I cannot that you for your support as you read my views on issues, concerns and views of the QA. All I can ask is to pass the word and share your views with what I discuss. By all means disagree with me and show another side to what I wrote. I will never call myself and expert or a know it all. My main goal is to foster conversation so that we all improve this great and needed discipline.

Thanks,

Jeremy

Trust in your team without micromanaging

Sort of a follow up from Giving team freedom (within limits)

Trust is something that should not be handed out willy nilly. It is something that is very important and in the workplace is one of the components that improves employee satisfaction. There is plenty of literature out that that will talk about how to be a great leader within a team and most of them will touch on trusting those within the team in some shape or form.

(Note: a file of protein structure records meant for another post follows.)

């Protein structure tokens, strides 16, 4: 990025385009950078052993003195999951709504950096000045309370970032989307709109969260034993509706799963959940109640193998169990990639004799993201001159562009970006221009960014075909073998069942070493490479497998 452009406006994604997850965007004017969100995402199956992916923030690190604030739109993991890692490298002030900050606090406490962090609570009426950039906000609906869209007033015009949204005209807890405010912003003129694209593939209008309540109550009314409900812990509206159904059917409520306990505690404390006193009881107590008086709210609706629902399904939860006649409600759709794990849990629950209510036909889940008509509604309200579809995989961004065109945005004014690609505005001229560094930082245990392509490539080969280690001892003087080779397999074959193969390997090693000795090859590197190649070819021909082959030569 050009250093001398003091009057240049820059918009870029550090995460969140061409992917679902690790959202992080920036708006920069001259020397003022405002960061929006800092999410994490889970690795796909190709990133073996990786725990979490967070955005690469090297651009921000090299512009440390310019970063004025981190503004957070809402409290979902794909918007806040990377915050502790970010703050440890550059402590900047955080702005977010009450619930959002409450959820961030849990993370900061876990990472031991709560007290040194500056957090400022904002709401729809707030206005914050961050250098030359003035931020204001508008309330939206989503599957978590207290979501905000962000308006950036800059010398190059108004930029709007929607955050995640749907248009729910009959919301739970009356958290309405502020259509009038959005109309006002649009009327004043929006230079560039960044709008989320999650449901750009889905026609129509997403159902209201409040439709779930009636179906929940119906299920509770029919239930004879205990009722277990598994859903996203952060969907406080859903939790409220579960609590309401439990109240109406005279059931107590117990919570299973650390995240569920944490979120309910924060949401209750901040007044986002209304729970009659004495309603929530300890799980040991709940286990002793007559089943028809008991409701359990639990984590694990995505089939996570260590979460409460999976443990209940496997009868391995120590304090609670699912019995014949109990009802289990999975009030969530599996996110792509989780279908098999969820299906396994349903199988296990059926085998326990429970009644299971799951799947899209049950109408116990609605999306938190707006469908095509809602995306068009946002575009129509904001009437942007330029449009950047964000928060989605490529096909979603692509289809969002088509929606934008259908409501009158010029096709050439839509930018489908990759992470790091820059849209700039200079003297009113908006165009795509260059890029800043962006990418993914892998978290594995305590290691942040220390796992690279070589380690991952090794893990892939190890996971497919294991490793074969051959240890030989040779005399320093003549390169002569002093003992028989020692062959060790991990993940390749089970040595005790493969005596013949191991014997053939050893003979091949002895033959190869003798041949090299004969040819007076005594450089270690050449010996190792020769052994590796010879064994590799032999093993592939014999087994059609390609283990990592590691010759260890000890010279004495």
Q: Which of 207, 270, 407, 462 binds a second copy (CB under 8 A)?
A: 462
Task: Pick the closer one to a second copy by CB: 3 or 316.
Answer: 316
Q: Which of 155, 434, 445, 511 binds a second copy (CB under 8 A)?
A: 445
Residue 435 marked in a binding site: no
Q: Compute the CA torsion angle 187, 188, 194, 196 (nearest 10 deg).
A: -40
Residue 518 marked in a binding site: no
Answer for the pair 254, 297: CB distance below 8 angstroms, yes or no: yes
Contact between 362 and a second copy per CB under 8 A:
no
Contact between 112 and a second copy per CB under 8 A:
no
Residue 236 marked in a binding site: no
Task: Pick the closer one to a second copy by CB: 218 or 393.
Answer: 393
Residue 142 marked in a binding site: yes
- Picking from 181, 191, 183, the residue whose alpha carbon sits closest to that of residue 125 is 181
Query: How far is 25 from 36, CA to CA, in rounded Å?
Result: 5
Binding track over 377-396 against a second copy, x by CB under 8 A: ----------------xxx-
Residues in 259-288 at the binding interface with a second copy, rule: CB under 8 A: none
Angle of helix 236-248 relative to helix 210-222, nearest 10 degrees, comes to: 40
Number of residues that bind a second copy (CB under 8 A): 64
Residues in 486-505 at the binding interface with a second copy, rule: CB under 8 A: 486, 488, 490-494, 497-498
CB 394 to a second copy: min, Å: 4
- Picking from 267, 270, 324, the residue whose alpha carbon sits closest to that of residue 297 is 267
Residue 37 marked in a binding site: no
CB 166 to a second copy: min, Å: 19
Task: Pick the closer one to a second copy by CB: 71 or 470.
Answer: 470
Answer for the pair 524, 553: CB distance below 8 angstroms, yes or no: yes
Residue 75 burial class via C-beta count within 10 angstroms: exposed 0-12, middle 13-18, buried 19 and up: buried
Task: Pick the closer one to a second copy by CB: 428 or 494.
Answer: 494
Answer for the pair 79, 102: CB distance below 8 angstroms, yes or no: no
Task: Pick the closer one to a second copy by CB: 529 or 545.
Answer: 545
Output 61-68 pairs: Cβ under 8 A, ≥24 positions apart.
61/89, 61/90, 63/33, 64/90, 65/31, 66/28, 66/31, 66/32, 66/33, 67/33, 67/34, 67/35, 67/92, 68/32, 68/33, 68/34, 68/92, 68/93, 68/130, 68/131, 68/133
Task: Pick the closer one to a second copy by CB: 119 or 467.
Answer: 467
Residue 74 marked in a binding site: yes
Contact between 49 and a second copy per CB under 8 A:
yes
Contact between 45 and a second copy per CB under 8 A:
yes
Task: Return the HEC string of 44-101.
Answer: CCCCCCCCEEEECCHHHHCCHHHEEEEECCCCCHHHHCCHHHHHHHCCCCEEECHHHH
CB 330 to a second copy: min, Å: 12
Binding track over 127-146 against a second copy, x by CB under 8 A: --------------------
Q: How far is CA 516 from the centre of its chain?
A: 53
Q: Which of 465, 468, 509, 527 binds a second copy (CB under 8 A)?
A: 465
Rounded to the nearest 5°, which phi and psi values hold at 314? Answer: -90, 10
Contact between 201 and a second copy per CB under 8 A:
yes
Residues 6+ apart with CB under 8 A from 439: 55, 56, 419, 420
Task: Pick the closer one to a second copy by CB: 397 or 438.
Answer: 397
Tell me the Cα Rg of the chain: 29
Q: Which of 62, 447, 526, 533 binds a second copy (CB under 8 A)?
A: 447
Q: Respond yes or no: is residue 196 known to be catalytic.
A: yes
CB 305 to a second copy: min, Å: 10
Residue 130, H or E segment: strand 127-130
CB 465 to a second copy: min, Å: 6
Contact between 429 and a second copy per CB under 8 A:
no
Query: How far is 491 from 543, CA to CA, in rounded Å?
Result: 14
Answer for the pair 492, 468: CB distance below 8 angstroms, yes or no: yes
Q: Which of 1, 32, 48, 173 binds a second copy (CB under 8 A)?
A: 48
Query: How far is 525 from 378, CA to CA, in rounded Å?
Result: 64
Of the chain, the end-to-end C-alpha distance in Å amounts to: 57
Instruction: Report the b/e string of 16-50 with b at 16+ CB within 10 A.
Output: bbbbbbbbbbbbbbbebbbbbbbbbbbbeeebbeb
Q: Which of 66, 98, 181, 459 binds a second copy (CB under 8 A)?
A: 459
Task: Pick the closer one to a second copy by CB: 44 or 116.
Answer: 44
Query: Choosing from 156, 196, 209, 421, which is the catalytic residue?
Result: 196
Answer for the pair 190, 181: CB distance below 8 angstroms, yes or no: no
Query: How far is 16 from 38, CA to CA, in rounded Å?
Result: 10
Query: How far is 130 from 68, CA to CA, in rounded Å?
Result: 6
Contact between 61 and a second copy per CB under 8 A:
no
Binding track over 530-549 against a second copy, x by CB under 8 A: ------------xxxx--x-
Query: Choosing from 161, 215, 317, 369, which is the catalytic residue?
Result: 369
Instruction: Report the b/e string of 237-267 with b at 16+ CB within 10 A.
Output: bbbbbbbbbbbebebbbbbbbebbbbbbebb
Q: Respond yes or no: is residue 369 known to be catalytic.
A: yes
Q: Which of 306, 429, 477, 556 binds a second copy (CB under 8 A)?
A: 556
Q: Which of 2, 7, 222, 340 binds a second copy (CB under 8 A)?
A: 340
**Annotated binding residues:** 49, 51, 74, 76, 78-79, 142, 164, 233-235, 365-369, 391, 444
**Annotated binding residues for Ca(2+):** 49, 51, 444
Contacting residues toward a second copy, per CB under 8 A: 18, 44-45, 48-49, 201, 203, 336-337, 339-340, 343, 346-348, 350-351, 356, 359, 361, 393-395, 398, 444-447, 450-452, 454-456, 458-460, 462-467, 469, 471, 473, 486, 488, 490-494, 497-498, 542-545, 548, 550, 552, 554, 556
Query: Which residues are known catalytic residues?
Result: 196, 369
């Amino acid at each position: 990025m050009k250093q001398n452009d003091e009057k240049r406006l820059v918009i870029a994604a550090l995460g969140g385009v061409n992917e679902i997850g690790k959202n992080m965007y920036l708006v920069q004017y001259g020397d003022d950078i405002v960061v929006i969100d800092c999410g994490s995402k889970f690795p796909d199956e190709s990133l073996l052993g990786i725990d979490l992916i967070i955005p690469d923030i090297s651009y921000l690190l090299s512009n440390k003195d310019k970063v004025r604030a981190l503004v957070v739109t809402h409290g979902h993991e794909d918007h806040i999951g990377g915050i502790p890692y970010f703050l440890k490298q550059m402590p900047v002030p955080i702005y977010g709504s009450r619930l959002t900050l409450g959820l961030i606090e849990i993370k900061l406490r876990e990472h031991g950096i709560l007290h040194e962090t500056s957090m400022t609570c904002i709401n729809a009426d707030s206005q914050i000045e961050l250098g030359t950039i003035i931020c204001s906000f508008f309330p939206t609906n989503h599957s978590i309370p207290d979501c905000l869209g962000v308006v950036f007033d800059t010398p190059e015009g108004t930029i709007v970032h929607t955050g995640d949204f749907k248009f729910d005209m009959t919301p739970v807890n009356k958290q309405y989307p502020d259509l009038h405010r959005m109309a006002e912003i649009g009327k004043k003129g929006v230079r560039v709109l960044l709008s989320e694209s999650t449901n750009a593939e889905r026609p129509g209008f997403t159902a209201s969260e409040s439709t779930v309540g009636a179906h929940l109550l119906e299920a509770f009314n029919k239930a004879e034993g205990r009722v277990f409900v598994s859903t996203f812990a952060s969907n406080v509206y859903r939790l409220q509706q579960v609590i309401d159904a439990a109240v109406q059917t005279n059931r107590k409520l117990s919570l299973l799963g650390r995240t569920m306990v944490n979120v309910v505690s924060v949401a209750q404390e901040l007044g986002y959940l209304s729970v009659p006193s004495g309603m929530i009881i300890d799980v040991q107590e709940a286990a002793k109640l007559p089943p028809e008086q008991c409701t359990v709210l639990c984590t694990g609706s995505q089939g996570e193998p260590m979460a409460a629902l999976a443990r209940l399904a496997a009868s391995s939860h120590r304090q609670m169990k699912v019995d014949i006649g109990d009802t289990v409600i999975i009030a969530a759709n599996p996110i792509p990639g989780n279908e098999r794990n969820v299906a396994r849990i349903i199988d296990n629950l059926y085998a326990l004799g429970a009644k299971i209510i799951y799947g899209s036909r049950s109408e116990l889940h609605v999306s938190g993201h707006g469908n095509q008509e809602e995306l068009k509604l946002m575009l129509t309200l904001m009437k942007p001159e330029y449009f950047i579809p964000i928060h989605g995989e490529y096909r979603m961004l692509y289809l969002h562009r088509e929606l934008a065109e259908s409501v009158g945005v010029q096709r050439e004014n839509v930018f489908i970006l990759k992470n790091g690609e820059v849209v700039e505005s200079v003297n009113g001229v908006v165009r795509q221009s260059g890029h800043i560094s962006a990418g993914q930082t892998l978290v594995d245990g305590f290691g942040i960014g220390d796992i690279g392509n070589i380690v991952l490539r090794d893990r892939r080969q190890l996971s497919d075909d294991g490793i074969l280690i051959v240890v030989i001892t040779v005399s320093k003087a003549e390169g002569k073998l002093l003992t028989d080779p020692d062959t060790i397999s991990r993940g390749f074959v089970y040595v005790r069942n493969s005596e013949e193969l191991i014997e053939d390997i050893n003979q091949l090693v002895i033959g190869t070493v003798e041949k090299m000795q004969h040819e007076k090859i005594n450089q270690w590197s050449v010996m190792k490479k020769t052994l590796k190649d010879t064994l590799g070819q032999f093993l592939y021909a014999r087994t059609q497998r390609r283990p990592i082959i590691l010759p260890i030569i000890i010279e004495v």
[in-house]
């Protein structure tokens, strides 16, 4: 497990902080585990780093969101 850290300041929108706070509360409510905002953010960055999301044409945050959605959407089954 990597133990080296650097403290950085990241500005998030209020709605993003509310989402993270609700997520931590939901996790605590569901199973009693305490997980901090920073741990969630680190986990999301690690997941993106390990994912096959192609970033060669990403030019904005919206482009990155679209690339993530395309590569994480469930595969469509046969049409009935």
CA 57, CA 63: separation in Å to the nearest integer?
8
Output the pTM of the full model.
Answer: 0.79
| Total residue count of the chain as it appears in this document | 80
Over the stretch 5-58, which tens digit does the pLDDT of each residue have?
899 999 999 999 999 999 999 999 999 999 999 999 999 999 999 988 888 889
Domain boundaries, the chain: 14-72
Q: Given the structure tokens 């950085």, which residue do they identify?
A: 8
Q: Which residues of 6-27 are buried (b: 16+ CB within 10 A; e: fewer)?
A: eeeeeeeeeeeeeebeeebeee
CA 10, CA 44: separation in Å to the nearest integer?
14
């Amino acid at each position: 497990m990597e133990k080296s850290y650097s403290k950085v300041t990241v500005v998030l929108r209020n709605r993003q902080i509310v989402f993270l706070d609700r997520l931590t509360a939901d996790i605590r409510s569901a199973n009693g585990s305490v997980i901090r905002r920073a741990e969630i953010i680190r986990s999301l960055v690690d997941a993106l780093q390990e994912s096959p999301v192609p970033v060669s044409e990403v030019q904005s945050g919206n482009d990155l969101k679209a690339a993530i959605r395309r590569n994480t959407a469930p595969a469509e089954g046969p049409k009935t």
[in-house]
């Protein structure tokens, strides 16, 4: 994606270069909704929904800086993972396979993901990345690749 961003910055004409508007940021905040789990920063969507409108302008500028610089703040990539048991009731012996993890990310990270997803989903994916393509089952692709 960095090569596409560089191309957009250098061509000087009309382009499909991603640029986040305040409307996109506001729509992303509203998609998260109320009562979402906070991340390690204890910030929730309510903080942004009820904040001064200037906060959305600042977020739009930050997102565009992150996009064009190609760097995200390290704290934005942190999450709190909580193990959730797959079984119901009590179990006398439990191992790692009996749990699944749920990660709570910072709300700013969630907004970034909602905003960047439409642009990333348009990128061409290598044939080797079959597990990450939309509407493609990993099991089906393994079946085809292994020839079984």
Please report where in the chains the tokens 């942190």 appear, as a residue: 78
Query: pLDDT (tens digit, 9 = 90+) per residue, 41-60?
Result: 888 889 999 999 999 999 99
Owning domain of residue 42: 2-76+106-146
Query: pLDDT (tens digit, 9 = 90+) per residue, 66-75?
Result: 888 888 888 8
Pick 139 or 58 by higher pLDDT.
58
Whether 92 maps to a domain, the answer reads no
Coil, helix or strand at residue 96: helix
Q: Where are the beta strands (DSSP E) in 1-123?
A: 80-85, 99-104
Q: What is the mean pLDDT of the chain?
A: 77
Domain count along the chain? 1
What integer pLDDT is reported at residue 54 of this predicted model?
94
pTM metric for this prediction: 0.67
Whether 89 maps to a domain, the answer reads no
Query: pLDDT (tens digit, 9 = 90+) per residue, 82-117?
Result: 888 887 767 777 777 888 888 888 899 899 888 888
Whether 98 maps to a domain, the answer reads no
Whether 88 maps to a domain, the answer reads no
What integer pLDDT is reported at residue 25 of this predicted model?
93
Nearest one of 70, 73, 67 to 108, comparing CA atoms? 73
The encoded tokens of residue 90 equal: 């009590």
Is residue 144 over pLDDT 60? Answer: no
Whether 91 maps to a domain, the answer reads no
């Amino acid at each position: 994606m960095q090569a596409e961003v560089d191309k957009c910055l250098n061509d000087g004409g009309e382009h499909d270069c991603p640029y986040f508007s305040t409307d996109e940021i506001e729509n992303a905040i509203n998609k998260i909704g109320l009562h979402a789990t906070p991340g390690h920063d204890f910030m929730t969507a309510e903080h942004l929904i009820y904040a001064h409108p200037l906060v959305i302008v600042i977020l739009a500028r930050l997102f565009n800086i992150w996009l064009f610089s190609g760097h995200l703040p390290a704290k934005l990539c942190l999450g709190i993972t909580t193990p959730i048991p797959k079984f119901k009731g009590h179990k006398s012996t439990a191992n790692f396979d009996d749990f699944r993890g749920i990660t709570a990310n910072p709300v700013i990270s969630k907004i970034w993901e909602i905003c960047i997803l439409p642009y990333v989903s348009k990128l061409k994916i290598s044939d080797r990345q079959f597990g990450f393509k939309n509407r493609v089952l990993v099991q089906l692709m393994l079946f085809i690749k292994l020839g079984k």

Here is one of the issues that comes with leading teams, if you are new to the team it is difficult to let the team go ahead and continue to work without getting more involved than what you should be. It only makes sense, you will need to know how things work and see where improvements can happen. Now the real trick is, when to stop hovering.

I have yet to encounter someone that likes to be micromanaged. It is not a great feeling and tends to choke off potential innovation within the organization.  People like to be given direction with the allowance of letting them decide how to get there. This leads to the next tricky part, how much freedom do you give them?